A full investigation into the Twin Otter plane crash in western Nepal on Sunday is underway, but a preliminary investigation suggested bad weather was the cause of the accident.
Air traffic control lost contact with the twin-prop aircraft shortly after it took off from Pokhara and headed for Jomsom, a popular Himalayan trekking destination.
The wreckage was found a day later, with all 16 Nepalese, four Indians and two Germans on board killed.
Airlines have expressed concerns about how the new regulations should be implemented, citing the country’s limited weather forecasting infrastructure.
Authorities say permits to fly will now only be issued after the aircraft’s operator has submitted a flight plan that includes weather information for the destination and the full route of the flight, according to a statement from the Civil Aviation Authority of Nepal released on Tuesday.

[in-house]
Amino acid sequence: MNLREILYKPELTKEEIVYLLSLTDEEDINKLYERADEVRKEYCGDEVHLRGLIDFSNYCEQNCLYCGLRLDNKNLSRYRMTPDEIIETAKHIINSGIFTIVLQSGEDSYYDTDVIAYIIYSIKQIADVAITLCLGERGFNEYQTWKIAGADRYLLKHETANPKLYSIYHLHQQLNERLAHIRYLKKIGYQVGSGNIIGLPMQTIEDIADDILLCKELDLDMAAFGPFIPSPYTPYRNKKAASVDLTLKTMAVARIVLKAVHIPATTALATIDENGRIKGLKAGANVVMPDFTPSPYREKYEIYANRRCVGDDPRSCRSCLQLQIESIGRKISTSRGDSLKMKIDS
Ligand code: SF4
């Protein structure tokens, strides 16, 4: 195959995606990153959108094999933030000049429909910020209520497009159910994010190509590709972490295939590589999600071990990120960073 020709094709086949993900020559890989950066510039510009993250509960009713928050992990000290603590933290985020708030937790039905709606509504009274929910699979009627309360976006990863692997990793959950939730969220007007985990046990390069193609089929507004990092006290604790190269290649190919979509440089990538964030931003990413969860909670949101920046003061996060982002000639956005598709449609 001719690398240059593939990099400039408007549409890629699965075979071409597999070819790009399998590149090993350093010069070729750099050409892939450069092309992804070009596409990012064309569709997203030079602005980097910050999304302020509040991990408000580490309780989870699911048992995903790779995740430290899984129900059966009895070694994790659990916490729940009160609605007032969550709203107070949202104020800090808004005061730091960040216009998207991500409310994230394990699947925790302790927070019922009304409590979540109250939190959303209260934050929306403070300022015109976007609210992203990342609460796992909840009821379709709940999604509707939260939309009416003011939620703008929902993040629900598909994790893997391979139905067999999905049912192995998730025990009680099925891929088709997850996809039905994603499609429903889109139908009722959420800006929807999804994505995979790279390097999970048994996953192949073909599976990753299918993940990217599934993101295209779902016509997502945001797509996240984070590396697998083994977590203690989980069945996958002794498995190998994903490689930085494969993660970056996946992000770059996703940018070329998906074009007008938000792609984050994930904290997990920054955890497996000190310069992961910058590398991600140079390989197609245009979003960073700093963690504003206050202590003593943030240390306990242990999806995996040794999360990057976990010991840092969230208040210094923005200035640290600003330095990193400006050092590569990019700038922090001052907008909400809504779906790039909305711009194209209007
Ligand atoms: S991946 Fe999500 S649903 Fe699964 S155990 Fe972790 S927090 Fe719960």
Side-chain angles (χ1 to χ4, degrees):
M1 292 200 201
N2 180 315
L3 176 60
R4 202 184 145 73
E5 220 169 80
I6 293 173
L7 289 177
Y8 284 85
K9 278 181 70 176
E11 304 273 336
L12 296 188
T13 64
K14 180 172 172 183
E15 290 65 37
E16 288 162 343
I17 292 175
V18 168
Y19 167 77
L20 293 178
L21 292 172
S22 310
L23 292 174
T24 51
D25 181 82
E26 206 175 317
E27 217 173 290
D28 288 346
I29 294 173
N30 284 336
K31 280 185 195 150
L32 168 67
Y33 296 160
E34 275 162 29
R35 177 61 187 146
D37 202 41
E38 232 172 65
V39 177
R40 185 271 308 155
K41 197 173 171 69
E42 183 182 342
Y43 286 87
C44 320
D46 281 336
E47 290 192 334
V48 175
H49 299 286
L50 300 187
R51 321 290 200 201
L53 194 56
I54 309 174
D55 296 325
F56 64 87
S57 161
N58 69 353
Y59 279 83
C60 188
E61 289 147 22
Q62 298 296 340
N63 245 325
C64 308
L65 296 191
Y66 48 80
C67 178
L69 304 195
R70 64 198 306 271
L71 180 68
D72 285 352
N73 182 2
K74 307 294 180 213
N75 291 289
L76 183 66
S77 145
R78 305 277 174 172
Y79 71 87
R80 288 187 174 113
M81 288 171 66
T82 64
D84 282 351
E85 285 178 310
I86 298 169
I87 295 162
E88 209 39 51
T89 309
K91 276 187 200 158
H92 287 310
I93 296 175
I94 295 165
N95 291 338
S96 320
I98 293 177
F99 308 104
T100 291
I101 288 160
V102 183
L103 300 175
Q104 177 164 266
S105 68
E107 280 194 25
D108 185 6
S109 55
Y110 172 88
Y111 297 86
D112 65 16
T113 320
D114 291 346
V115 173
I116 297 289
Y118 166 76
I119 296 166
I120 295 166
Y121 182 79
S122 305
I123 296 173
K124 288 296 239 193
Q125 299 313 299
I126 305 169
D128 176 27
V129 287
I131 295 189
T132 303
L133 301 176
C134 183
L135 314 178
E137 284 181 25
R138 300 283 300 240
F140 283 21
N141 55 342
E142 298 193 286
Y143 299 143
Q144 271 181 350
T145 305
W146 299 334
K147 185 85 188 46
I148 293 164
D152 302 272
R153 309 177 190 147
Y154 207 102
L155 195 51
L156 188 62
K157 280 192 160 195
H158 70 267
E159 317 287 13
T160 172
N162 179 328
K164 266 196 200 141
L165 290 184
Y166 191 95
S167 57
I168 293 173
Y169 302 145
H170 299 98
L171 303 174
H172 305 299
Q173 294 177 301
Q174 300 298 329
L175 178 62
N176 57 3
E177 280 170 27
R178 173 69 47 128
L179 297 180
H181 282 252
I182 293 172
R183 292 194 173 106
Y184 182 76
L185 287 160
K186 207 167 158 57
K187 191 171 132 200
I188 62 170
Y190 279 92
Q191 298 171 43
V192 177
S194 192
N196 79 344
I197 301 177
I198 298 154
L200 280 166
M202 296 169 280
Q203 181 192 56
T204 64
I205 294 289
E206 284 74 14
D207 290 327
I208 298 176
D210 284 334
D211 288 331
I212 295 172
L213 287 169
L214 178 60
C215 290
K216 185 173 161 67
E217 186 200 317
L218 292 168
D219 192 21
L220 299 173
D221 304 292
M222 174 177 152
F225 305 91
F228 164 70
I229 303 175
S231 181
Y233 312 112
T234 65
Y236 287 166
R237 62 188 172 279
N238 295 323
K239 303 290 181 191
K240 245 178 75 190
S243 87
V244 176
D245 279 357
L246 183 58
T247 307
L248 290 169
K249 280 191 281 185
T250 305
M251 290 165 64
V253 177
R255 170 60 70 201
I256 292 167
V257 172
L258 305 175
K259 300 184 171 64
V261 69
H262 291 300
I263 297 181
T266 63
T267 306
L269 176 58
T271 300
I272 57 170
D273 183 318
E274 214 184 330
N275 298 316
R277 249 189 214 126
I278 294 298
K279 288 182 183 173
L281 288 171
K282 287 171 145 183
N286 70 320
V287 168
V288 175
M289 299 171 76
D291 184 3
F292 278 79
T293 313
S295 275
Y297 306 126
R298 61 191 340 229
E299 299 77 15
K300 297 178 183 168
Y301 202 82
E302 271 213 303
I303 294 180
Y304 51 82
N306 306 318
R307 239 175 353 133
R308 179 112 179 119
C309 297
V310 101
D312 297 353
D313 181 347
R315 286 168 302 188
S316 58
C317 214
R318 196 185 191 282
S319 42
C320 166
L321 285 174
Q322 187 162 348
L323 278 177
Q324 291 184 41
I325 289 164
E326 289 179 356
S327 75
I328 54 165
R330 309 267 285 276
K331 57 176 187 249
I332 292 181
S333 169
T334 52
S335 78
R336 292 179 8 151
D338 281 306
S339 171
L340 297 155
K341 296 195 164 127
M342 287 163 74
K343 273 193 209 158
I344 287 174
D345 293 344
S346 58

The provision of en-route weather information was previously not mandatory.
Airlines may also be banned from operating flights if the Department of Hydrology and Meteorology predicts adverse weather conditions in an area for a specified period of time.
Aircraft operators say Nepal lacks infrastructure for accurate weather forecasting, especially in remote areas with challenging mountainous terrain where deadly crashes have occurred in the past.
“While the decision is essential and plays a critical role in flight safety, we do not know how to implement it as there is no clear way to get the en-route weather information for domestic flights,” said Yog Raj Kandel Sharma, spokesman of the Airlines Operators Association of Nepal.
The aviation authority has also formed a committee to investigate the possibility of mandating two pilots on board single-engine helicopters.
Sunday’s crash was the latest plane crash in the Himalayan country, which has some of the world’s trickiest runways to land on and where pilots have to deal with erratic mountain weather.
The aviation industry in Nepal has boomed in recent years, transporting goods and people between hard-to-reach areas.
However, in addition to difficult flying conditions, it is plagued by poor safety due to insufficient training and maintenance.
The European Union has banned all Nepalese airlines from its airspace for security reasons.